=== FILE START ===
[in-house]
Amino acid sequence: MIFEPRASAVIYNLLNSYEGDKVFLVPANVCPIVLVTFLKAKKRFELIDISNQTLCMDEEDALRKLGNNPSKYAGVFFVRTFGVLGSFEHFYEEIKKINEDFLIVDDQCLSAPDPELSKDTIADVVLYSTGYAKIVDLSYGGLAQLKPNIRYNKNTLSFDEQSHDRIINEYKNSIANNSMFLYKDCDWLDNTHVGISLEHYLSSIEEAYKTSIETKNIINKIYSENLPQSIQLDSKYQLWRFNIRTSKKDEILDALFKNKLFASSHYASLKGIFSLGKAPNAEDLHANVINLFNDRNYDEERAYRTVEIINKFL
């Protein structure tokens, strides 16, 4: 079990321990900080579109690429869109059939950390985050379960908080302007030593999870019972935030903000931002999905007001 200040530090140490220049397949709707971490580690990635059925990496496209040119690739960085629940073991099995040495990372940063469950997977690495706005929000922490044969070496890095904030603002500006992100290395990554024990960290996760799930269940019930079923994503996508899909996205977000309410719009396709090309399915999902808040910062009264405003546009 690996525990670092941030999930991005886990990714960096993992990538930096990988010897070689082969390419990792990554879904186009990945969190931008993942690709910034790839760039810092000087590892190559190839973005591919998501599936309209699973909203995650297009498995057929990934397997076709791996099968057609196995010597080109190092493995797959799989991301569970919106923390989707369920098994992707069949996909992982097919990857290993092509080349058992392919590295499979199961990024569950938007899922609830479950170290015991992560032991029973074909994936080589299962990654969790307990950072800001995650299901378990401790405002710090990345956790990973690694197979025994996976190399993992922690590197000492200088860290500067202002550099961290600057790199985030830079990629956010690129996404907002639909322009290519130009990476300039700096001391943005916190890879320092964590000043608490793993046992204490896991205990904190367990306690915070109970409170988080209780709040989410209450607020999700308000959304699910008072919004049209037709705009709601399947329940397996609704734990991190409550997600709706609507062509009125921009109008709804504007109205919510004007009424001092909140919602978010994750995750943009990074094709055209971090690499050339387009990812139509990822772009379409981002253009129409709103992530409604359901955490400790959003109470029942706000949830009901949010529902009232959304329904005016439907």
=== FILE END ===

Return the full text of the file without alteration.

[in-house]
Amino acid sequence: MIFEPRASAVIYNLLNSYEGDKVFLVPANVCPIVLVTFLKAKKRFELIDISNQTLCMDEEDALRKLGNNPSKYAGVFFVRTFGVLGSFEHFYEEIKKINEDFLIVDDQCLSAPDPELSKDTIADVVLYSTGYAKIVDLSYGGLAQLKPNIRYNKNTLSFDEQSHDRIINEYKNSIANNSMFLYKDCDWLDNTHVGISLEHYLSSIEEAYKTSIETKNIINKIYSENLPQSIQLDSKYQLWRFNIRTSKKDEILDALFKNKLFASSHYASLKGIFSLGKAPNAEDLHANVINLFNDRNYDEERAYRTVEIINKFL
């Protein structure tokens, strides 16, 4: 079990321990900080579109690429869109059939950390985050379960908080302007030593999870019972935030903000931002999905007001 200040530090140490220049397949709707971490580690990635059925990496496209040119690739960085629940073991099995040495990372940063469950997977690495706005929000922490044969070496890095904030603002500006992100290395990554024990960290996760799930269940019930079923994503996508899909996205977000309410719009396709090309399915999902808040910062009264405003546009 690996525990670092941030999930991005886990990714960096993992990538930096990988010897070689082969390419990792990554879904186009990945969190931008993942690709910034790839760039810092000087590892190559190839973005591919998501599936309209699973909203995650297009498995057929990934397997076709791996099968057609196995010597080109190092493995797959799989991301569970919106923390989707369920098994992707069949996909992982097919990857290993092509080349058992392919590295499979199961990024569950938007899922609830479950170290015991992560032991029973074909994936080589299962990654969790307990950072800001995650299901378990401790405002710090990345956790990973690694197979025994996976190399993992922690590197000492200088860290500067202002550099961290600057790199985030830079990629956010690129996404907002639909322009290519130009990476300039700096001391943005916190890879320092964590000043608490793993046992204490896991205990904190367990306690915070109970409170988080209780709040989410209450607020999700308000959304699910008072919004049209037709705009709601399947329940397996609704734990991190409550997600709706609507062509009125921009109008709804504007109205919510004007009424001092909140919602978010994750995750943009990074094709055209971090690499050339387009990812139509990822772009379409981002253009129409709103992530409604359901955490400790959003109470029942706000949830009901949010529902009232959304329904005016439907």